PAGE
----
The Mass Effect series is like a gaming Rorschach Test, and not just because of its tricksy moral hypotheticals. No two players seem able to agree on what Mass Effect does well and what Mass Effect does terribly, with opinions diverging to the point where you wonder if everyone is even discussing the same games. Mass Effect is the best science-fiction story ever told, unless it’s dreary, pulpy garbage. It’s got characters you care about deeply, unless they annoy you to the point of purposely sending them to their dooms. The ultimate Mass Effect is the first iteration’s open-world RPG playground, or maybe it’s the second’s tighter, more character-driven hallway shooter. Nobody cares about Mass Effect‘s combat, but would it kill these designers to have Shepard just shut up and shoot somebody already? Oh, and let’s not forget that it ends with either the greatest artistic achievement in gaming history or a pretentious, schizophrenic hodgepodge of undercooked sci-fi cliches so awful that it sent a small nation’s worth of nerds into a months-long, near-primal tantrum. Mass Effect 3‘s ending faced plenty of grousing about its lack of personalization, but given the wide spectrum of opinions about this series, players had no problem making these games their own.
So fittingly, Mass Effect 3 is the dictionary definition of a mixed bag. It contains both some of Bioware’s finest hours to date, and a few admissions that they often have no idea what the fuck they’re doing. These two extremes in quality often rest uncomfortably side-by-side. The series’ most dynamic level design — finally linking combat to environment — often sputters out, or spirals endlessly around a monotonous battle or task. Genuinely affecting attempts at character growth are too often cut short — in the case of poor Thane, literally, and at the hands of one of gaming’s most bafflingly idiotic villains.
Nowhere is this divide better illustrated than in the game’s opening moments. At last, Bioware’s endless cutscenes flow seamlessly into play, as Shepard and Anderson make a mad dash away from the Reapers’ invasion of Earth. At last, the game’s environments feel affected by the story beats, with events unfolding around Shepard that hinder her escape and challenge her abilities. But the sequence’s narrative, and the dialogue used to convey it, are screechingly bad, some of the worst in the series. Lazy, convenient plot developments — like Shepard receiving a mere wrist-slap detainment for obliterating an entire solar system’s worth of sentient beings — and tone-deaf “we should have listened!” banalities upon the Reapers’ inevitable invasion filled me with a sense of dread going into Mass Effect 3, especially pronounced after my generally positive takeaway from the second installment. Did I come so far in this journey just to be shamelessly manipulated by a rising string section and the death of a conveniently placed child? By the time my Shepard departed from Earth, the developers often sighted as video game’s greatest storytellers had done a fine job maintaining that honor as, at best, a back-handed compliment.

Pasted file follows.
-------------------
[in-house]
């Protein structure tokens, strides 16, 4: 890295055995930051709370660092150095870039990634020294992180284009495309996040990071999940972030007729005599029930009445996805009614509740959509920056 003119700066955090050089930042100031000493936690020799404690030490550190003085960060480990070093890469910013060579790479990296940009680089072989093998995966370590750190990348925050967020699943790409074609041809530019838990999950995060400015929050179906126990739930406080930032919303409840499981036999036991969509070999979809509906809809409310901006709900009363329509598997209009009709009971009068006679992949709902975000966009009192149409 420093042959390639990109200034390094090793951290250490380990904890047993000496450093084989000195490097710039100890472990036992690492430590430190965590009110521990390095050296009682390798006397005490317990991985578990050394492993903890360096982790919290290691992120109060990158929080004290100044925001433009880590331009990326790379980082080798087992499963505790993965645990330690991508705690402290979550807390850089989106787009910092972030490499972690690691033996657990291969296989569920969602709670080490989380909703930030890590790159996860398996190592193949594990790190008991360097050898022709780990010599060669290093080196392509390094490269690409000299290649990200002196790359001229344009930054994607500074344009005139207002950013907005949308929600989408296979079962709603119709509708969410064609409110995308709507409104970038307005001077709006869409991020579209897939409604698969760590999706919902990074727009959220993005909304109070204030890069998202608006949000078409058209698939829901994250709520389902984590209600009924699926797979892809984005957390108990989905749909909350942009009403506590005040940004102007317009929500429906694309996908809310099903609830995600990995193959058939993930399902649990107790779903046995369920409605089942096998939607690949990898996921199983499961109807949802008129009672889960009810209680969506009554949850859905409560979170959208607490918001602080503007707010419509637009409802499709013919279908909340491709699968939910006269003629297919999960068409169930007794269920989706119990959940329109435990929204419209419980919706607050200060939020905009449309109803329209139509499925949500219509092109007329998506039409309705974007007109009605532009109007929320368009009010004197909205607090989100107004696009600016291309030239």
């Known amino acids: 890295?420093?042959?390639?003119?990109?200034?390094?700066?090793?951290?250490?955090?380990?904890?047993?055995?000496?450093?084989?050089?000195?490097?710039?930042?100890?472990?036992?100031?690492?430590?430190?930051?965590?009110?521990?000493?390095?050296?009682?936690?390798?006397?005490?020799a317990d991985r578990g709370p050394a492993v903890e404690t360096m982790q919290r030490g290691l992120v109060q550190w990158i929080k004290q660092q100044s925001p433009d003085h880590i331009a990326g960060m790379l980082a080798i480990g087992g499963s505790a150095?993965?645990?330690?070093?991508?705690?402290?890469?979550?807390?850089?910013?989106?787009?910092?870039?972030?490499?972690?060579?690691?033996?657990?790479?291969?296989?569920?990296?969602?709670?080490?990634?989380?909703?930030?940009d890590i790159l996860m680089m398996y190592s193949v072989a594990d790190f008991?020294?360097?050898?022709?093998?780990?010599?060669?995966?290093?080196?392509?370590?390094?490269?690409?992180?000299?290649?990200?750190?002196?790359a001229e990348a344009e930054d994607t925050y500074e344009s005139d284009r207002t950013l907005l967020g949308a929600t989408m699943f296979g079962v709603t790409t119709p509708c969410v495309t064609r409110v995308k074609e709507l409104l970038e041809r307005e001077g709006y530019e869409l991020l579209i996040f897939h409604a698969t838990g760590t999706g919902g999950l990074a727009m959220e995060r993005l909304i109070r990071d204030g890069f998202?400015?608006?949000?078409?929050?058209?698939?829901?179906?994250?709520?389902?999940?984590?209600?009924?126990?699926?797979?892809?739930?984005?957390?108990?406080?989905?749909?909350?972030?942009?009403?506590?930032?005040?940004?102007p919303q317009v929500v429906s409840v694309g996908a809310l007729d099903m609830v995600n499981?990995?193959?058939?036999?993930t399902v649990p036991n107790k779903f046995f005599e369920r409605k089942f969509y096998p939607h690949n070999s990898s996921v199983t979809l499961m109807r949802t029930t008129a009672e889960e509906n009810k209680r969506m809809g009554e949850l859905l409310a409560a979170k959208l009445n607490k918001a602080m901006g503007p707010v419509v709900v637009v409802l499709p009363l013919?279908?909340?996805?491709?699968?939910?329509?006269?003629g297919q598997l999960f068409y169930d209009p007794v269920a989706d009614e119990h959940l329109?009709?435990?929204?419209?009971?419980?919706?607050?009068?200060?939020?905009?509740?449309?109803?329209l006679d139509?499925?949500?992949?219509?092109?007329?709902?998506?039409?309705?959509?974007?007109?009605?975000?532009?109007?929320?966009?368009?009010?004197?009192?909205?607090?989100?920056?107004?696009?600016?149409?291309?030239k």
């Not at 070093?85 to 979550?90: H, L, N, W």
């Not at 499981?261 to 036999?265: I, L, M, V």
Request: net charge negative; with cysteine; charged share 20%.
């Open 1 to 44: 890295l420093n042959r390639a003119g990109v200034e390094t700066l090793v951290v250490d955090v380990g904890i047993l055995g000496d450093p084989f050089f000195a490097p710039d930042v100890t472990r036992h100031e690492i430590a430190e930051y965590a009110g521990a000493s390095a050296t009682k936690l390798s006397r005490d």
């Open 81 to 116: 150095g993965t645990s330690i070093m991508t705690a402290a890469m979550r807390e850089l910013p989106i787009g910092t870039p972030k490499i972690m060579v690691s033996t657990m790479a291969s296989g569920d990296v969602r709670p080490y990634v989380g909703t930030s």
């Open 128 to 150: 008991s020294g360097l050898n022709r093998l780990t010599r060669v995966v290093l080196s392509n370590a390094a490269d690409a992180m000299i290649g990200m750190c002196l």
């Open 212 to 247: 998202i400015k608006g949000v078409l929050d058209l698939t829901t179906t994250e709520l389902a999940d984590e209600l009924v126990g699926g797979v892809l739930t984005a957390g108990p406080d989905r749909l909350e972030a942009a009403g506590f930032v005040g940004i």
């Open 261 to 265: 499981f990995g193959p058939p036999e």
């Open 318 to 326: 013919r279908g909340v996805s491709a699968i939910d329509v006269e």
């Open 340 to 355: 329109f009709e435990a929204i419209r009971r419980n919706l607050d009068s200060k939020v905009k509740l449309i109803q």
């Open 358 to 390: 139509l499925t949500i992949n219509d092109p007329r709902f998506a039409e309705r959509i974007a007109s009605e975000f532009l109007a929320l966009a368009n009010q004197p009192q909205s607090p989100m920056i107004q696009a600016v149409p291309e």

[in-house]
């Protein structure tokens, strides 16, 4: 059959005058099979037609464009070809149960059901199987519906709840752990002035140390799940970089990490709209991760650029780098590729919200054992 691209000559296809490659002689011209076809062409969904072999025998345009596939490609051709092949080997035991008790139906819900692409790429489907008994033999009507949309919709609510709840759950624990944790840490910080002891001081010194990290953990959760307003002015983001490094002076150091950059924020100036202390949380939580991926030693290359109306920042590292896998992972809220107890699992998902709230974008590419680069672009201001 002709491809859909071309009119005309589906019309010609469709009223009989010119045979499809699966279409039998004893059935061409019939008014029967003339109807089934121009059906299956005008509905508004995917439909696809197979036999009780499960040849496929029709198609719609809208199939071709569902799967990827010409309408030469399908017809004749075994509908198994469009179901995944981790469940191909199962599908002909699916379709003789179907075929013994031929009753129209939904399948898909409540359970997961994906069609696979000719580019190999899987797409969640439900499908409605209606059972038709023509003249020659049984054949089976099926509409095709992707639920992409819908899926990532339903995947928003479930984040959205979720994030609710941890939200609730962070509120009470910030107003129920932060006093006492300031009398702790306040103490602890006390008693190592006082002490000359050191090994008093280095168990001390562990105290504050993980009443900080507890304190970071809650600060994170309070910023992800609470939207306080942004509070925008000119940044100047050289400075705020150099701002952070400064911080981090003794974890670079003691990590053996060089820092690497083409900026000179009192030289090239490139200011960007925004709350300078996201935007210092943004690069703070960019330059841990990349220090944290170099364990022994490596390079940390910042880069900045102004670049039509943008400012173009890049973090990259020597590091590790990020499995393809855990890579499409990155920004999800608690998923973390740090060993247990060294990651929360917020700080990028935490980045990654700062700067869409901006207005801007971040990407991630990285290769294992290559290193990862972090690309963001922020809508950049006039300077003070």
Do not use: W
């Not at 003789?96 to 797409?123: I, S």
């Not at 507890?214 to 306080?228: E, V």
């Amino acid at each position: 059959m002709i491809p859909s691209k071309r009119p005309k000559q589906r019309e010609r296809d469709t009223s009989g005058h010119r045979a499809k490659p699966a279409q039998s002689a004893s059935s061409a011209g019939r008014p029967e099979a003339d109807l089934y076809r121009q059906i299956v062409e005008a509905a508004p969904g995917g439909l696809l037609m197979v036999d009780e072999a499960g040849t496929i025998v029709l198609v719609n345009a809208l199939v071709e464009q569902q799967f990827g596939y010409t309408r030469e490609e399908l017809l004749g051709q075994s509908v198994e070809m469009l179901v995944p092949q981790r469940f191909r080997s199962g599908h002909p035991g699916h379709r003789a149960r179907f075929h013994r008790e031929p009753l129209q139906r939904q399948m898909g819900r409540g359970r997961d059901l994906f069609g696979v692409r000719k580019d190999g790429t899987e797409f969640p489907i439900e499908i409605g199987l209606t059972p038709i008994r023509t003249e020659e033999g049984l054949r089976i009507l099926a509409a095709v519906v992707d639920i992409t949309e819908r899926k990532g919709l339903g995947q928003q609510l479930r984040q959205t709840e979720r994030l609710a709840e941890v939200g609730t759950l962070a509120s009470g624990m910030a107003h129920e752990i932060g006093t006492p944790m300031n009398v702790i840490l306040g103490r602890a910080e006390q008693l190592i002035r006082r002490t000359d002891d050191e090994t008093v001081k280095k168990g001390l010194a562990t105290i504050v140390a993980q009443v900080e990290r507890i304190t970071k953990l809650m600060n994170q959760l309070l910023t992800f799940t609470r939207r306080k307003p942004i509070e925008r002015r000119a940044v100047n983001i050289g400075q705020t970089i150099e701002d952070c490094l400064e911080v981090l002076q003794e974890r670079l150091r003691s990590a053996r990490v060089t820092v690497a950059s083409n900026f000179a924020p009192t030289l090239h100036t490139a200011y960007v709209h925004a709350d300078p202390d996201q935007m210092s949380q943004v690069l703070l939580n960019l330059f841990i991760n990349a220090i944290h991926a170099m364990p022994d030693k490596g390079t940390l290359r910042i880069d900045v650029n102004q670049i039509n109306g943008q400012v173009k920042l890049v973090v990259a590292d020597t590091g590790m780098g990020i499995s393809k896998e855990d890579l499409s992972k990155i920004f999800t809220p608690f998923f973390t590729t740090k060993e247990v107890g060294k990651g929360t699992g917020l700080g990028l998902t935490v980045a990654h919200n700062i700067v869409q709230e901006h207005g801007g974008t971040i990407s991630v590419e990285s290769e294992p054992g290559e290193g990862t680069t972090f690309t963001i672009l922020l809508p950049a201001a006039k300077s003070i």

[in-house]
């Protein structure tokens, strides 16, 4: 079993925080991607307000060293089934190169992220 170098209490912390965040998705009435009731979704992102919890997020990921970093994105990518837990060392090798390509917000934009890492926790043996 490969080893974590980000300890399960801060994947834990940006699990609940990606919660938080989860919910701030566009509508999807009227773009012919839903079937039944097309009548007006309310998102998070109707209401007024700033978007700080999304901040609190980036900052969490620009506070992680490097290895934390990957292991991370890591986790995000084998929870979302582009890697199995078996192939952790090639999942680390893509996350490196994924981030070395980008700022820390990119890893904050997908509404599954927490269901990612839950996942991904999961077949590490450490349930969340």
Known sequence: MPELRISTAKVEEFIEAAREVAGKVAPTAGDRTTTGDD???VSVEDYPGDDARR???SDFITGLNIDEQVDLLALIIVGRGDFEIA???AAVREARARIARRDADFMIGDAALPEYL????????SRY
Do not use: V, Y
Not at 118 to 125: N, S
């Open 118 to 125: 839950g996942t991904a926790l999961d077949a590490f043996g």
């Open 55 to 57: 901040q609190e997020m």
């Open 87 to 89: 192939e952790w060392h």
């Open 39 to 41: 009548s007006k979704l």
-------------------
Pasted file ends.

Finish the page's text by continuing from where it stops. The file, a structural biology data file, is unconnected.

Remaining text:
Luckily, the game’s later highs skyrocket, and Bioware actually finds a fairly brilliant way to give Mass Effect 3 a thematic and emotional arc without betraying the player’s agency. When Mass Effect 3 is moving — and it is, despite its general emotional clunkiness, at times quite moving — it earns its sentiment less through Shepard’s growth as a character than how she impacts and changes the world around her. Despite Bioware’s best efforts to shoehorn Shepard into an arc of her own — giving her creepy, metaphoric dreams about chasing her dead loved ones through a dark woods, a sequence so impressively bereft of self-awareness that it could double as a PSA trying to convince nerds to stay far, far away from attempting capital-A Art — she remains a variable personality orbiting a single goal: Stop the Reaper invasion. No matter who Shepard romances or what alien societies she brings along for the ride, and regardless of if she’s naughty or nice in her actions and words, she’s still an avatar, a tool of the player’s whims as much as Mass Effect‘s writers’. She — and of course, vicariously, the player — deeply affects the story, but her manipulable nature makes it impossible for her inner life to be the true center of Mass Effect. She is merely an agent of change, and what that change spells out for the more tightly scripted, non-player-controlled characters proves that maybe, just maybe, interactive fictions can tell genuinely affecting stories.